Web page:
• No more than 3 ads visible on a page. Mentioned in my article here — this may actually be long-term a lot better for publishers and advertiser ad performance. Fake content stories count as ads (one for each story) by the way!
  • Know what data was used to target this ad. Why did I see it? Which data providers and why — provider identities and human-readable reasons please! (Eg “Anon user purchased ‘Colored Socks’ assortment. User provided email address (see) at Macy’s checkout Palo Alto, CA on 3/16/14. No other data appends. Facebook Custom Audiences uploaded 7/30/15”). Indicate if my data was used anonymous or tied to any identifier, which I can also see.
  • The ability to see, delete or change the data non-merchants have about me. The natural follow on from (6) above — I should be able to correct problematic data or just get rid of it. Merchants who sell stuff to me should also show me what data they have but they need longer time periods/rules for keeping it, I won’t address those here.
  • A transparent whitelist/blacklist for advertisers I can always see and change. This should help advertisers and save them money when their presence otherwise would cause consternation (even though for me this applies mostly to airlines, it’s more broadly useful I am sure!). Newer platforms like Facebook or Twitter let you report or block ads or advertisers but they don’t provide a history that the user can see — yet.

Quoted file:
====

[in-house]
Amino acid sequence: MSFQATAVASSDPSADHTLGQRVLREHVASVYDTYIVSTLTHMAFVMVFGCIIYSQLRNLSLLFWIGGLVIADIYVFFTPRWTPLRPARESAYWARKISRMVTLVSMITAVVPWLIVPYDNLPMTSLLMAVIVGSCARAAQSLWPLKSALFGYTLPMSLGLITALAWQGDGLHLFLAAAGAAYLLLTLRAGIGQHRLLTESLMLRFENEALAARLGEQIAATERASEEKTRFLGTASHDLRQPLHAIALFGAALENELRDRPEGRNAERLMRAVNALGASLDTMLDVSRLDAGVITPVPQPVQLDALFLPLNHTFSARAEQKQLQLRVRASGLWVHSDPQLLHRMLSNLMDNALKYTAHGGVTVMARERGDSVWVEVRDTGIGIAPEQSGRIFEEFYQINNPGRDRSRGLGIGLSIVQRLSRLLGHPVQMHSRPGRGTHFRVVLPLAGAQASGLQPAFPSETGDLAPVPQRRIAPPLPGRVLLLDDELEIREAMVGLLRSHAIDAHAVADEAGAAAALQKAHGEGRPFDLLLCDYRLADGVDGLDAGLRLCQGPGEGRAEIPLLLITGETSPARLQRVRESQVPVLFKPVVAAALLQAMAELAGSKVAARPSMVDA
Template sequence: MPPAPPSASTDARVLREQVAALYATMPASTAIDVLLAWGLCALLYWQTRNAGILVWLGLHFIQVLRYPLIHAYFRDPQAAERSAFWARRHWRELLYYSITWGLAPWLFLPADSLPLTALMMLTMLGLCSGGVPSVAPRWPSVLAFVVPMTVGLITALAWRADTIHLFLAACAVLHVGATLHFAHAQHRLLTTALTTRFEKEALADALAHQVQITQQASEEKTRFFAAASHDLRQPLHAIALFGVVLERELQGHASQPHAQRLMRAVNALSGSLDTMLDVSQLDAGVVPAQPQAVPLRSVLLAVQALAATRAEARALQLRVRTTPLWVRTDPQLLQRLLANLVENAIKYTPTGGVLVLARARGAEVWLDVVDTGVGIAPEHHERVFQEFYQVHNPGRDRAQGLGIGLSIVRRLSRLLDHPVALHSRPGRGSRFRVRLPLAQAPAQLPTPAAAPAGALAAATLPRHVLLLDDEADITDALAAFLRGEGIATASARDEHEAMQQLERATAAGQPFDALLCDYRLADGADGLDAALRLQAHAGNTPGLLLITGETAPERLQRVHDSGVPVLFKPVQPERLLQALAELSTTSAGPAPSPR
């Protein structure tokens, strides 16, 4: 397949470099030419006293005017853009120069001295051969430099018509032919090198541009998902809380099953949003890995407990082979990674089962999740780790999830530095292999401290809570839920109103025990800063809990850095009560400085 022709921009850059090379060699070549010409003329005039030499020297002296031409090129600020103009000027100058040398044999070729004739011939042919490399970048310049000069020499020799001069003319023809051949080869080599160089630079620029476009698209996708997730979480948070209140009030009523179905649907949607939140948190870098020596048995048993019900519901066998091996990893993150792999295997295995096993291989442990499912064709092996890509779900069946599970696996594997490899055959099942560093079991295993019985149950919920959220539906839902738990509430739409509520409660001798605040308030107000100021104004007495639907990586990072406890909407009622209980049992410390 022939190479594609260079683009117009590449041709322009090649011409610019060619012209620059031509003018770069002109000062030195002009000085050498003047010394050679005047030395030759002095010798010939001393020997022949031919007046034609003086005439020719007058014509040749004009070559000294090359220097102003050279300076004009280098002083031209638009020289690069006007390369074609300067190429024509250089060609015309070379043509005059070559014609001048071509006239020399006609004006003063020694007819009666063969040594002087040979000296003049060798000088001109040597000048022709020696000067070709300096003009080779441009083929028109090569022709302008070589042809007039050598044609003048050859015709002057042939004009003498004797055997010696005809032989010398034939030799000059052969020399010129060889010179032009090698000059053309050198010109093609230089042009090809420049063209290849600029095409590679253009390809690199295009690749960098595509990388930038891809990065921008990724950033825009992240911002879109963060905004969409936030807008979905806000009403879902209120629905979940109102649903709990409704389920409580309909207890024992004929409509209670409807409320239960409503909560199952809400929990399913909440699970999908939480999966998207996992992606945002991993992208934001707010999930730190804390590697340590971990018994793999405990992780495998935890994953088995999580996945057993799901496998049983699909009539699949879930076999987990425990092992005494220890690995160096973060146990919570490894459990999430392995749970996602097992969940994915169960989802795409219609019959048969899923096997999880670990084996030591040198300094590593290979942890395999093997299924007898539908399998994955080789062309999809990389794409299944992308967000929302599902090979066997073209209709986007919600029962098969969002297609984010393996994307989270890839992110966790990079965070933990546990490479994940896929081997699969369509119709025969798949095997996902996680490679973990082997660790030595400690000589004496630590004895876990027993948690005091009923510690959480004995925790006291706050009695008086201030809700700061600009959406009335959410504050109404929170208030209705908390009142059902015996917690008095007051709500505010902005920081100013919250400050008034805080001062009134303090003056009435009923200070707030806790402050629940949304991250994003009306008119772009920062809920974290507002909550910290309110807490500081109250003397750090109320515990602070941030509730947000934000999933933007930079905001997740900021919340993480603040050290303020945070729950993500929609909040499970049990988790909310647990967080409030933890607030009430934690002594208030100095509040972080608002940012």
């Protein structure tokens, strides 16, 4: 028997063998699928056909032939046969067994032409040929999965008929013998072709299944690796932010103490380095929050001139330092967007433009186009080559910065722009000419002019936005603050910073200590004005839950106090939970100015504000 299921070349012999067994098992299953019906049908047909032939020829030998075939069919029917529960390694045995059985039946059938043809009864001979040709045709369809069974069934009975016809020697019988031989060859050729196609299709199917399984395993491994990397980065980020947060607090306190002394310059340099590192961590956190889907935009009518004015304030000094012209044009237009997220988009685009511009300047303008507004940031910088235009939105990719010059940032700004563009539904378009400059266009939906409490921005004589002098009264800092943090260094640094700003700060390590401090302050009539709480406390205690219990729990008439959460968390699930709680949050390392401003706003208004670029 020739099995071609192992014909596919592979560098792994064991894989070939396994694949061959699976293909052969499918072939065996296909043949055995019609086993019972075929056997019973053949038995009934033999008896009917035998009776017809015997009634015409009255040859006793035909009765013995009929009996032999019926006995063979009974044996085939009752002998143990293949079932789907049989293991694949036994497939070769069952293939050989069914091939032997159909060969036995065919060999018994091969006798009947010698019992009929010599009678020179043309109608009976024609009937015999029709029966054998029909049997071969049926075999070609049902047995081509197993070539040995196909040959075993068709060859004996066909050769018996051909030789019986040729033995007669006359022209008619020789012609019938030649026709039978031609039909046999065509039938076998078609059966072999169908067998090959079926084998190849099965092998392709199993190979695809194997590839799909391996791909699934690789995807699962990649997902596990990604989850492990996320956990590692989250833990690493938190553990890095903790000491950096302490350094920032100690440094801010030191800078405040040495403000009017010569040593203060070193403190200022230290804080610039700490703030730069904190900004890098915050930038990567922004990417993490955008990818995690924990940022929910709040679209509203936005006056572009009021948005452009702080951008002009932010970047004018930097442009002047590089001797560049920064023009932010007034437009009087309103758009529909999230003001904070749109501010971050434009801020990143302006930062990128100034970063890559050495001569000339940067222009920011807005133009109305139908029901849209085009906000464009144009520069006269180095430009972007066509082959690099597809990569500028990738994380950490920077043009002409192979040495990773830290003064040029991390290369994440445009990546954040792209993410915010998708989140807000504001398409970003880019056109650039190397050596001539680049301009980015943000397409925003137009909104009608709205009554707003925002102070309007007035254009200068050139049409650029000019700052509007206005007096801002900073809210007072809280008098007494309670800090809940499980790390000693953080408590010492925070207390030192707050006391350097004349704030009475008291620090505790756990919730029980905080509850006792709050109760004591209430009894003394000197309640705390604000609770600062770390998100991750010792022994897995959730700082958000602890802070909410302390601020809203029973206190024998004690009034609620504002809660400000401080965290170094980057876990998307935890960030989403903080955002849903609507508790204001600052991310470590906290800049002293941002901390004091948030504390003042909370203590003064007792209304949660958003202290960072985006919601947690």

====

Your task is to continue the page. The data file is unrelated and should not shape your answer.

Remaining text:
• Correct labeling. “From around the web” is nonsensical — these are ads dressed up as content, and should be labeled as advertising.
  • Rate ads as a consumer (optionally) to give feedback to both websites and advertisers. The consumer doesn’t have to but will over time if it’s easy to do and they know the data are actually being used to improve their experience. It’s important that the feedback is visible to thepublisher as well so they can assess if a particular ad or advertiser is negatively affecting their audience and take action — often this creates longer-term problems in a world of competitive (sometimes commodity) media.
  • Devote 10–20% of ad space to soliciting feedback. Show the user that their voice matters, and that they have the ability to take control of their data. Convey how important this is to a well-functioning ecosystem. This space inside ad units can also serve as the path to seeing all the other data the ad system has about them including a history of the ads they’ve seen, and the ability to report “bad ads”. Those silly little “AdChoices” icons are a joke which most consumers don’t get, as multiple non-industry-funded studies have shown. Also, they only allow opting-out and won’t really improve the marketplace as the above suggestions can.
  • Different fonts, voices for ads vs. content. In addition to correctly labeling something as an ad (the feedback widget can be helpful in this regard too!), the practices that some “native advertising” adopt in using the same writers, voice/screen talent and typefaces should be modulated so as to not overtly deceive the consumer.